Knowledge Annotation for Intelligent Textbooks

05/22/2020
by   Mengdi Wang, et al.
University of Pittsburgh
0

With the increased popularity of electronic textbooks, there is a growing interests in developing a new generation of "intelligent textbooks", which have the ability to guide the readers according to their learning goals and current knowledge. The intelligent textbooks extend regular textbooks by integrating machine-manipulatable knowledge such as a knowledge map or a prerequisite-outcome relationship between sections, among which, the most popular integrated knowledge is a list of unique knowledge concepts associated with each section. With the help of this concept, multiple intelligent operations, such as content linking, content recommendation or student modeling, can be performed. However, annotating a reliable set of concepts to a textbook section is a challenge. Automatic unsupervised methods for extracting key-phrases as the concepts are known to have insufficient accuracy. Manual annotation by experts is considered as a preferred approach and can be used to produce both the target outcome and the labeled data for training supervised models. However, most researchers in education domain still consider the concept annotation process as an ad-hoc activity rather than an engineering task, resulting in low-quality annotated data. In this paper, we present a textbook knowledge engineering method to obtain reliable concept annotations. The outcomes of our work include a validated knowledge engineering procedure, a code-book for technical concept annotation, and a set of concept annotations for the target textbook, which could be used as gold standard in further research.

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1 Introduction

Modern textbooks have been developed and refined over many decades to evolve into well-organized tools for communicating knowledge and educating the next generation of professionals. Yet, the power of computing and internet caused the textbooks to evolve even faster than before. The conversion of textbooks into electronic format created an opportunity to augment textbooks with novel functionalities based on application or Artificial Intelligence. This direction of research, usually referred as “intelligent textbooks” explored a range of novel ideas over the last 20 years. The explored approaches include adaptive navigation support

[henze1999hyperbooks], natural language question answering [chaudhuri2013inquire], automatic link creation[guerra2013one], and personalized recommendation of external content [agrawal2014study].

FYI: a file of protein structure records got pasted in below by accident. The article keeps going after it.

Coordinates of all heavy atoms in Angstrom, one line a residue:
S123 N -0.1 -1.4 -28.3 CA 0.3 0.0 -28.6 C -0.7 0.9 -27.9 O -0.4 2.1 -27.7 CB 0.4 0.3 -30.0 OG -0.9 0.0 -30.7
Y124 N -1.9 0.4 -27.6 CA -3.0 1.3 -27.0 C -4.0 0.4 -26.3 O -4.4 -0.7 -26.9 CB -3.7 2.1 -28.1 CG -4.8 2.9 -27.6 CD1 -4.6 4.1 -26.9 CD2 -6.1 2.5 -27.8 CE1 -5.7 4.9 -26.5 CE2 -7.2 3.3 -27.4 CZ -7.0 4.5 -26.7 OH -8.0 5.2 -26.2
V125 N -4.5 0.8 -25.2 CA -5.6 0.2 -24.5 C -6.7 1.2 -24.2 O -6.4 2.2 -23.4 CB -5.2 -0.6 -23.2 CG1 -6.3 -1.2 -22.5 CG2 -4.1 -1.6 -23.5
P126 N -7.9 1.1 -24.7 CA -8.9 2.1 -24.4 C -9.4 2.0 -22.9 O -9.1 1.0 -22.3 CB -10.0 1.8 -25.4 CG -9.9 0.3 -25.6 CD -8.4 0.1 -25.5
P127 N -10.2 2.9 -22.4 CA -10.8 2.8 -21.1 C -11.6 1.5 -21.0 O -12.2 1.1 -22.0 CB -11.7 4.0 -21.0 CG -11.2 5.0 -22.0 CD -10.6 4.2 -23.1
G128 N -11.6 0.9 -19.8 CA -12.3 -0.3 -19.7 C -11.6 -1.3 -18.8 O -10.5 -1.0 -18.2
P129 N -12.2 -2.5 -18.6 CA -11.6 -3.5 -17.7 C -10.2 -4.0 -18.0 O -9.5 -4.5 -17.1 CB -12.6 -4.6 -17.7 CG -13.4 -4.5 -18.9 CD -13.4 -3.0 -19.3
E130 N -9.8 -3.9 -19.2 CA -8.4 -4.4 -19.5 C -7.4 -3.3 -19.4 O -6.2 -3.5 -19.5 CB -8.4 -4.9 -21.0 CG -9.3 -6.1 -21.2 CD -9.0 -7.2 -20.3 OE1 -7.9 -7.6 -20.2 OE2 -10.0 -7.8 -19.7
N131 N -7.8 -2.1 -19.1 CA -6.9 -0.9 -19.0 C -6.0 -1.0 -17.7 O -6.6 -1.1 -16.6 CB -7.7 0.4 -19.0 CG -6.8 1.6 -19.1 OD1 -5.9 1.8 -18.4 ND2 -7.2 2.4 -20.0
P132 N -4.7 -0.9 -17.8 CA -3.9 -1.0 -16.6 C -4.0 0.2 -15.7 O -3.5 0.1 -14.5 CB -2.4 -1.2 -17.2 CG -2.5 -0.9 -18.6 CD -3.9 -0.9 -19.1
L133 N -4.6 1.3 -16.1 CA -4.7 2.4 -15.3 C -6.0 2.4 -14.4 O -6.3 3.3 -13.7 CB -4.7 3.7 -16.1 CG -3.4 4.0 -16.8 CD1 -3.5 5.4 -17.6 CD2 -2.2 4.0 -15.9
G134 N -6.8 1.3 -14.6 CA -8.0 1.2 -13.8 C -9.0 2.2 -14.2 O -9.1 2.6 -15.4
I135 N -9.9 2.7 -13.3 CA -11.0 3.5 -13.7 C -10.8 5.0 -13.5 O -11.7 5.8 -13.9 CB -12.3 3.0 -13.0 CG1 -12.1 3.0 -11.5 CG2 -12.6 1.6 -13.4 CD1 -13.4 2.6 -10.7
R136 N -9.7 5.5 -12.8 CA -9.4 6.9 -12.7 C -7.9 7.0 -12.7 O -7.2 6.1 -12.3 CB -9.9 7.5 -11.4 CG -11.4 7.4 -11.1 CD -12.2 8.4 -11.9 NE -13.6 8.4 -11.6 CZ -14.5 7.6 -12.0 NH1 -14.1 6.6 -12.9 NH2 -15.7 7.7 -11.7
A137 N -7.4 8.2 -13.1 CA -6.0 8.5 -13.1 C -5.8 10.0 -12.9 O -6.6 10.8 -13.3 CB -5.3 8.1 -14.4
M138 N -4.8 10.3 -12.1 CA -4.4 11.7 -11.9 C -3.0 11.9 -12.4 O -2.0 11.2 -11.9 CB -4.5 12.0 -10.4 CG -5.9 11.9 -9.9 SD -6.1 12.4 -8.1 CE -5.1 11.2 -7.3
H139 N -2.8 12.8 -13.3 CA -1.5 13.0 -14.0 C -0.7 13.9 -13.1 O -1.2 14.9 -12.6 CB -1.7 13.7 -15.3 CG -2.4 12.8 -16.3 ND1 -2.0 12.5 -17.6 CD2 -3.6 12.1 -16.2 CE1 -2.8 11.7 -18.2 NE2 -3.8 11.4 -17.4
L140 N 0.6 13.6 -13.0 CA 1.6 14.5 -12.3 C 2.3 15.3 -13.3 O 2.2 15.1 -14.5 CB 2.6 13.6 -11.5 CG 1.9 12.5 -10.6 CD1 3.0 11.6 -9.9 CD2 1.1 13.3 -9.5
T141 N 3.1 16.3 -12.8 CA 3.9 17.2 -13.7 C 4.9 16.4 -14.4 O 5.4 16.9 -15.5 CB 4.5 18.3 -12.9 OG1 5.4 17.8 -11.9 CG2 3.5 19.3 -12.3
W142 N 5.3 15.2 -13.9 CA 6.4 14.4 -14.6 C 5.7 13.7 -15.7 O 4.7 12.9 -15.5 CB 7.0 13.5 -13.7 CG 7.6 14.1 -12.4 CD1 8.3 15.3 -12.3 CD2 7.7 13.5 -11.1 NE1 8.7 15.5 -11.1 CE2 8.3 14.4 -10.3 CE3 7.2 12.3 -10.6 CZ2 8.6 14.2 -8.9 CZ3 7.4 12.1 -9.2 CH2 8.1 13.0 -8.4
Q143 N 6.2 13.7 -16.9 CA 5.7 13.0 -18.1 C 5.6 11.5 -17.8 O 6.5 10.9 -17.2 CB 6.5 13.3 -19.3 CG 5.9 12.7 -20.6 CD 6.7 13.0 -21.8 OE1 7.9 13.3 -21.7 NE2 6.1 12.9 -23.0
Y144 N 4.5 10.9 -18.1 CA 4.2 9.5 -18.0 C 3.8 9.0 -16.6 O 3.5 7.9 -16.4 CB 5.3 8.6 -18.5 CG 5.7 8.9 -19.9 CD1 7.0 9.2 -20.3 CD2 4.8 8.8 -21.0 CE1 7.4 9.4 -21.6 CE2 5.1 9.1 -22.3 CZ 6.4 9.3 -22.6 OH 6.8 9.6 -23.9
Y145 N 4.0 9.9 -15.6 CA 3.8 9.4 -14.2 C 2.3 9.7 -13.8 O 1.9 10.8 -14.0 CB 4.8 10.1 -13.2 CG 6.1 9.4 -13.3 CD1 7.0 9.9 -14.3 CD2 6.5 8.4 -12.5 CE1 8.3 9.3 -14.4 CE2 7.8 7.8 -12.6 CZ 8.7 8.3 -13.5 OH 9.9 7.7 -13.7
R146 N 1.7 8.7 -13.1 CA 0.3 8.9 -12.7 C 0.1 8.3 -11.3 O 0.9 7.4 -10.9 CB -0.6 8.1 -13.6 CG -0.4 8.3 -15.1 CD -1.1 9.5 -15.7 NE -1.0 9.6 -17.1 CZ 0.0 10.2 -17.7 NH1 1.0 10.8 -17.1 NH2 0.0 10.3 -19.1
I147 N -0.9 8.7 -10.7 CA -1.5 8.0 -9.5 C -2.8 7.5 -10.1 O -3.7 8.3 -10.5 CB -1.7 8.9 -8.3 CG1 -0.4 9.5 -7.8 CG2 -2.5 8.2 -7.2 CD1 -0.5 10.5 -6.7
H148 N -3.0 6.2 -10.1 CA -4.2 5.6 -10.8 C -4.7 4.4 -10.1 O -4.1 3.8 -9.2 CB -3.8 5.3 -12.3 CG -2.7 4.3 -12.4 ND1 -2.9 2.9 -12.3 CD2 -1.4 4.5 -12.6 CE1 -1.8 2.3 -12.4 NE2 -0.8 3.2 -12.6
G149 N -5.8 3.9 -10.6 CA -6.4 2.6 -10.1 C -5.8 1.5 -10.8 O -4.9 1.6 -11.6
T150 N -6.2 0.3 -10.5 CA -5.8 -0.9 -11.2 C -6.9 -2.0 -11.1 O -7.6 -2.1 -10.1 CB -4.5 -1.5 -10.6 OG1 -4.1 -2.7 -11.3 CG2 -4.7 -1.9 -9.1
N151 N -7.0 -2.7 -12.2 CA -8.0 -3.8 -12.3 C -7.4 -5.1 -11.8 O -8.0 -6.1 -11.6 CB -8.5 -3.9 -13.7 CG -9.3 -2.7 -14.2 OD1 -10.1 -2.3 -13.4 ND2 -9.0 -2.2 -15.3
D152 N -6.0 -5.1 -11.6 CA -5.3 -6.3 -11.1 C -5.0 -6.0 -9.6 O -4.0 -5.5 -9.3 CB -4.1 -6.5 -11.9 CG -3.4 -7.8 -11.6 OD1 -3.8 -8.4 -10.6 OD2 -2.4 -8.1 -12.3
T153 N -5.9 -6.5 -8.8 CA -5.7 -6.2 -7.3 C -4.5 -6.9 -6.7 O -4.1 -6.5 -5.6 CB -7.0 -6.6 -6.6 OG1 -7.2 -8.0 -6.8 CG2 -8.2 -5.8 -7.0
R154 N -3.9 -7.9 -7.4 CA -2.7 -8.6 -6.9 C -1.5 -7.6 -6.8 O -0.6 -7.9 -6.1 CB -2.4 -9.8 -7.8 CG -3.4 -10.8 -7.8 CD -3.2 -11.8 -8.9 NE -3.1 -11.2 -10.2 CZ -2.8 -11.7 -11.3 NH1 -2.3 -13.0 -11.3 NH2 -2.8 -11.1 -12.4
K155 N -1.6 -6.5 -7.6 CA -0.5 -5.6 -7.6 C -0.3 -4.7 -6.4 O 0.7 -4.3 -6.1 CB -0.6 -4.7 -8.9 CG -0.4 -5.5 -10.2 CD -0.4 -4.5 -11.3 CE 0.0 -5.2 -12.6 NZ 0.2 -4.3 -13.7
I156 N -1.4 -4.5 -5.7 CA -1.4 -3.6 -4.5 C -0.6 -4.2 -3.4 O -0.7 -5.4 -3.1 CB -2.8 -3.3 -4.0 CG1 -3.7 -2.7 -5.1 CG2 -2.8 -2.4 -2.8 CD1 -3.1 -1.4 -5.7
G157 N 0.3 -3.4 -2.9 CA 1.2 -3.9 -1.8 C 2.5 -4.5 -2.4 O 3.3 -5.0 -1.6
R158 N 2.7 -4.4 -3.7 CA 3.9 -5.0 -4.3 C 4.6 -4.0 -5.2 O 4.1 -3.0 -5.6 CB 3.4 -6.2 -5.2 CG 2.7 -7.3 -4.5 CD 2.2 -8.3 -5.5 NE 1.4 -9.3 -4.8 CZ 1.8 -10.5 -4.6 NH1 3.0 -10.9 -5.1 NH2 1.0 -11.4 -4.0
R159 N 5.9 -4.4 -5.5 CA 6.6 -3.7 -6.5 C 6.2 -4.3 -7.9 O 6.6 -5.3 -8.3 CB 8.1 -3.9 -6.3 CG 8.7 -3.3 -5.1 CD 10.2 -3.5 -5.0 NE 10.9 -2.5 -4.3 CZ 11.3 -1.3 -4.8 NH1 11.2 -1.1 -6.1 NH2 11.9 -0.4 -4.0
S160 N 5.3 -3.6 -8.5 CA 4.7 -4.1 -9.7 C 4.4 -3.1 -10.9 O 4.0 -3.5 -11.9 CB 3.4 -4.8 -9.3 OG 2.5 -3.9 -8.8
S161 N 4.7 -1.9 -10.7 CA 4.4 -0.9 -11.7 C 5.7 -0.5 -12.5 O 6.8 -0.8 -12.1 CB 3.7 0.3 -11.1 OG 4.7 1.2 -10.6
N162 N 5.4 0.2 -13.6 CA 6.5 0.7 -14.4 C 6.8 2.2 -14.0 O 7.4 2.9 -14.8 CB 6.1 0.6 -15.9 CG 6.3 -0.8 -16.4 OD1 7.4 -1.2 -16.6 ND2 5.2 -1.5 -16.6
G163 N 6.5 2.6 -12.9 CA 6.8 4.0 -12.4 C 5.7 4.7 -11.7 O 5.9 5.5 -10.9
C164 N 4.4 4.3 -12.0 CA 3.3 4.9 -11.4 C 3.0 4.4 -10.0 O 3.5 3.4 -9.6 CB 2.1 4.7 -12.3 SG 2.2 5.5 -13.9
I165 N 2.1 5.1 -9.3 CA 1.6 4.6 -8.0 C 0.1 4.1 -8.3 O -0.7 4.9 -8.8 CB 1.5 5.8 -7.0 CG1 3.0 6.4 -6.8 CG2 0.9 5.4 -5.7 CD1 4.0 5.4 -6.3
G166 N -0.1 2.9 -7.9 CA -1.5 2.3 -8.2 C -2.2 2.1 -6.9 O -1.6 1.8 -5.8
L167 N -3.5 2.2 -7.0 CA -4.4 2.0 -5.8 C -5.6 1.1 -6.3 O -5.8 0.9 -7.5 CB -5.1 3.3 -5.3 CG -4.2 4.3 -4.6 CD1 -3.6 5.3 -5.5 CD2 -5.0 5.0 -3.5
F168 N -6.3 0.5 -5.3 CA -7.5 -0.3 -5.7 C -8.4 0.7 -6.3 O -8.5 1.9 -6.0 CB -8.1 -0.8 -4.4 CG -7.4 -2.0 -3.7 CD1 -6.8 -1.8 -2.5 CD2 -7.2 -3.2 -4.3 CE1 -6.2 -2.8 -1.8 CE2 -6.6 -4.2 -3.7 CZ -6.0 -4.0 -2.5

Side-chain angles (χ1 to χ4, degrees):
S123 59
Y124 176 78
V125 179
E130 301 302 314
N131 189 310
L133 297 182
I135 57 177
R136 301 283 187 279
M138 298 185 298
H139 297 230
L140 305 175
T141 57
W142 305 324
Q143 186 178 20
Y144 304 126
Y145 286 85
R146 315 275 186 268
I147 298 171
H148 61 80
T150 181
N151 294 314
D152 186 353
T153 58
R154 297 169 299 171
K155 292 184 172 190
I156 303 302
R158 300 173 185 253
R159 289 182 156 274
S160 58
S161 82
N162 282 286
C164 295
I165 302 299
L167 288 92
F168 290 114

The key to the power of most of the intelligent textbook technologies is “knowledge behind pages”, which this technologies need to operate. These knowledge are usually extracted using a combination of machine learning, automatic natural language processing, and human knowledge engineering, i.e., annotation by human experts. Expert annotation is known to be of higher quality and is frequently used as the “gold standard” to assess the quality of automatic approaches. For some easier tasks such as content linking or content recommendation, automatic processing could support sufficient levels of quality. For more challenging tasks, such as personalization, the use of expert annotation in some form is essential. The problem is, however, that even an expert-level knowledge annotation might not achieve a quality required by intelligent approaches, unless it is guided by a reliable systematic procedure. In this paper we present our work on developing and evaluation of a systematic knowledge engineering approach for fine-grained annotation of textbooks with underlying knowledge in the form of concepts. Our study demonstrates that this approach produces better results in performance-based evaluation.

2 Related Work

2.1 Intelligent Textbooks

The research on intelligent textbooks could be traced back to the early attempts to develop electronic textbooks using pre-Web hypertext systems. At that time, artificial intelligence (AI) approaches were used to automate link creation between hypertext pages, which is an essential process to create a high quality hypertext [Bareiss1993applying]. Since these early attempts, “intelligent linking” remained as an integral part of hypertext research. A range of increasingly more advanced approaches to extract concepts and other semantic features from hypertext pages have been reported [green1999building, lakkaraju1999document, agrawal2014study, guerra2013one].

The next generation of research on intelligent textbooks was motivated by the expanding World Wide Web and the migration of textbooks online. This generation focused on using adaptive hypermedia techniques to produce adaptive textbooks. By monitoring user reading and other activities in adaptive online textbooks, these systems attempted to model user knowledge and support the users with adaptive navigation within a book [henze1999hyperbooks, brusilovsky1998adaptive, kavcic2004fuzzy] as well as adaptive content presentation [melis2001activemath]. This generation of adaptive textbooks has been based on relatively advanced models of content annotation by domain experts, frequently using domain ontologies [brusilovsky2003developing]. Similar to automatic linking research, the research on concept-based adaptive textbooks remains active and focus on more advanced personalization technologies as well as automated domain model development and concept indexing.